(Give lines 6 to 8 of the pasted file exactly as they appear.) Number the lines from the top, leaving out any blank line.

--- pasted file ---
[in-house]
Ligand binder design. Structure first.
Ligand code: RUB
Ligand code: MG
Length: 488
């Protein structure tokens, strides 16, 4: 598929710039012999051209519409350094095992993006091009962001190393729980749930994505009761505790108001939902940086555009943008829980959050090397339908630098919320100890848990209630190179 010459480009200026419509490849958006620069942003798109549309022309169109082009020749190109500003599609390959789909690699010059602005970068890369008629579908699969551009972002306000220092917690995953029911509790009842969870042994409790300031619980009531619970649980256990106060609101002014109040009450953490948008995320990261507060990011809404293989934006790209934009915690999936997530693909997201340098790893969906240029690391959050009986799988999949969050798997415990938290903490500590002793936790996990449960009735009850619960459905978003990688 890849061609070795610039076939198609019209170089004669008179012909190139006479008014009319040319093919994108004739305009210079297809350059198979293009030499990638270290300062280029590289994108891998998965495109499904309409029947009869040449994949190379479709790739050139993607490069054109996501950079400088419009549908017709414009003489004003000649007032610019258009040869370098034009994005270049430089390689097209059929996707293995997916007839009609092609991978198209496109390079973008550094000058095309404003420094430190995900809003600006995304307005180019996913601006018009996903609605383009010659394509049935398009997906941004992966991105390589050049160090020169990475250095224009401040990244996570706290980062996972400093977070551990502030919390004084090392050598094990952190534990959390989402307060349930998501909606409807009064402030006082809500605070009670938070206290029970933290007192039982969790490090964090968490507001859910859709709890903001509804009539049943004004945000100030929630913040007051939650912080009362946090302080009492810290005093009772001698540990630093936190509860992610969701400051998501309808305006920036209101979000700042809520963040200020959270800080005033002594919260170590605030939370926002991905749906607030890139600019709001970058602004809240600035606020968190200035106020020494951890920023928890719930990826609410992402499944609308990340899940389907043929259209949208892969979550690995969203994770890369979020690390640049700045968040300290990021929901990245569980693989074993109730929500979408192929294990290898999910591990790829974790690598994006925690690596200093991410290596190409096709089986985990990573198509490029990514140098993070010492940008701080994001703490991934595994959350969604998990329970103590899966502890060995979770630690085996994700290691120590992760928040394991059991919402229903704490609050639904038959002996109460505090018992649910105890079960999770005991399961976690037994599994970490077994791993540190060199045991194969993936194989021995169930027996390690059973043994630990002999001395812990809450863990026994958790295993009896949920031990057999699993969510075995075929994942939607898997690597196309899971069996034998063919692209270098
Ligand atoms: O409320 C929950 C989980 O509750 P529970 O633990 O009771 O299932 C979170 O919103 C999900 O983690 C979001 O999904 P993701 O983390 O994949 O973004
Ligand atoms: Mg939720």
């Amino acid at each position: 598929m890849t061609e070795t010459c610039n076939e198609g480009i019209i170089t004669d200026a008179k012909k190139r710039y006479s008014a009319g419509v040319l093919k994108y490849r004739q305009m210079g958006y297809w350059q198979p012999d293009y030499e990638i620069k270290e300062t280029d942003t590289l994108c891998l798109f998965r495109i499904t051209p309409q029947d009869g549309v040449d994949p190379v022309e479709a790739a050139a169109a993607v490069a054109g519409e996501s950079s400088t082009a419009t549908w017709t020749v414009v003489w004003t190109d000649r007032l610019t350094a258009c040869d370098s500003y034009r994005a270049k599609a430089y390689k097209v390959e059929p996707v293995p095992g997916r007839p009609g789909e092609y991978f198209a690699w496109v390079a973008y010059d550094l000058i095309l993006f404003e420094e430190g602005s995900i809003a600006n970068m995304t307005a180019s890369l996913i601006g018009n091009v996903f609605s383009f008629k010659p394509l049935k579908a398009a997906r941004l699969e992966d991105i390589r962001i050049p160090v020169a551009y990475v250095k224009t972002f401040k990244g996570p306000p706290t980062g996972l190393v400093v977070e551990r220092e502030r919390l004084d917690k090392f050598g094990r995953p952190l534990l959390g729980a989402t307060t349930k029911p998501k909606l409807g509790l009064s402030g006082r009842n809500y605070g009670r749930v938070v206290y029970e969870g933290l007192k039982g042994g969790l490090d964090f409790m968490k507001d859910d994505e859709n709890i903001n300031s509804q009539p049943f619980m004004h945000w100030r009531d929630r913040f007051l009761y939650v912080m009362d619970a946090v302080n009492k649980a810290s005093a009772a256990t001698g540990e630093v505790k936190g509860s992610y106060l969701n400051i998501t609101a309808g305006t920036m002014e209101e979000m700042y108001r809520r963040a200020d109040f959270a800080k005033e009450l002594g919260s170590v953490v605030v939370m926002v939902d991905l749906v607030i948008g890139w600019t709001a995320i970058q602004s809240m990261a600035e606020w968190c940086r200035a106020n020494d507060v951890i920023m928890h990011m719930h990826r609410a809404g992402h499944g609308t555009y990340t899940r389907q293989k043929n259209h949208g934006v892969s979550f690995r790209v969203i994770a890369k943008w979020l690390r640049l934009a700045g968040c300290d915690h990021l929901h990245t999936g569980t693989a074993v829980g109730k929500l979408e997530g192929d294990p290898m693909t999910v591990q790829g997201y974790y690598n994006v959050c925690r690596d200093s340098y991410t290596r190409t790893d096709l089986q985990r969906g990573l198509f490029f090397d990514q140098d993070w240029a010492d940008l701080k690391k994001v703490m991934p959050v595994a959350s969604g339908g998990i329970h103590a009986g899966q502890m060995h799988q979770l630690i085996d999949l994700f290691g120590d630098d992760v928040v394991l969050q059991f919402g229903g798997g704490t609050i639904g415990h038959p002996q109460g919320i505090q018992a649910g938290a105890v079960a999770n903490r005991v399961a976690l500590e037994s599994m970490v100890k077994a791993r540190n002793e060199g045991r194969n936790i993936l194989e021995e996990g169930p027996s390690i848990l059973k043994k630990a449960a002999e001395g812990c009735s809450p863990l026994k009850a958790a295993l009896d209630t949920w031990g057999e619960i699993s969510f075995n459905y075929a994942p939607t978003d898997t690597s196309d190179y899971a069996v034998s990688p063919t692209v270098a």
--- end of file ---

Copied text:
């Protein structure tokens, strides 16, 4: 598929710039012999051209519409350094095992993006091009962001190393729980749930994505009761505790108001939902940086555009943008829980959050090397339908630098919320100890848990209630190179 010459480009200026419509490849958006620069942003798109549309022309169109082009020749190109500003599609390959789909690699010059602005970068890369008629579908699969551009972002306000220092917690995953029911509790009842969870042994409790300031619980009531619970649980256990106060609101002014109040009450953490948008995320990261507060990011809404293989934006790209934009915690999936997530693909997201340098790893969906240029690391959050009986799988999949969050798997415990938290903490500590002793936790996990449960009735009850619960459905978003990688 890849061609070795610039076939198609019209170089004669008179012909190139006479008014009319040319093919994108004739305009210079297809350059198979293009030499990638270290300062280029590289994108891998998965495109499904309409029947009869040449994949190379479709790739050139993607490069054109996501950079400088419009549908017709414009003489004003000649007032610019258009040869370098034009994005270049430089390689097209059929996707293995997916007839009609092609991978198209496109390079973008550094000058095309404003420094430190995900809003600006995304307005180019996913601006018009996903609605383009010659394509049935398009997906941004992966991105390589050049160090020169990475250095224009401040990244996570706290980062996972400093977070551990502030919390004084090392050598094990952190534990959390989402307060349930998501909606409807009064402030006082809500605070009670938070206290029970933290007192039982969790490090964090968490507001859910859709709890903001509804009539049943004004945000100030929630913040007051939650912080009362946090302080009492810290005093009772001698540990630093936190509860992610969701400051998501309808305006920036209101979000700042809520963040200020959270800080005033002594919260170590605030939370926002991905749906607030890139600019709001970058602004809240600035606020968190200035106020020494951890920023928890719930990826609410992402499944609308990340899940389907043929259209949208892969979550690995969203994770890369979020690390640049700045968040300290990021929901990245569980693989074993109730929500979408192929294990290898999910591990790829974790690598994006925690690596200093991410290596190409096709089986985990990573198509490029990514140098993070010492940008701080994001703490991934595994959350969604998990329970103590899966502890060995979770630690085996994700290691120590992760928040394991059991919402229903704490609050639904038959002996109460505090018992649910105890079960999770005991399961976690037994599994970490077994791993540190060199045991194969993936194989021995169930027996390690059973043994630990002999001395812990809450863990026994958790295993009896949920031990057999699993969510075995075929994942939607898997690597196309899971069996034998063919692209270098
Ligand atoms: O409320 C929950 C989980 O509750 P529970 O633990 O009771 O299932 C979170 O919103 C999900 O983690 C979001 O999904 P993701 O983390 O994949 O973004
Ligand atoms: Mg939720």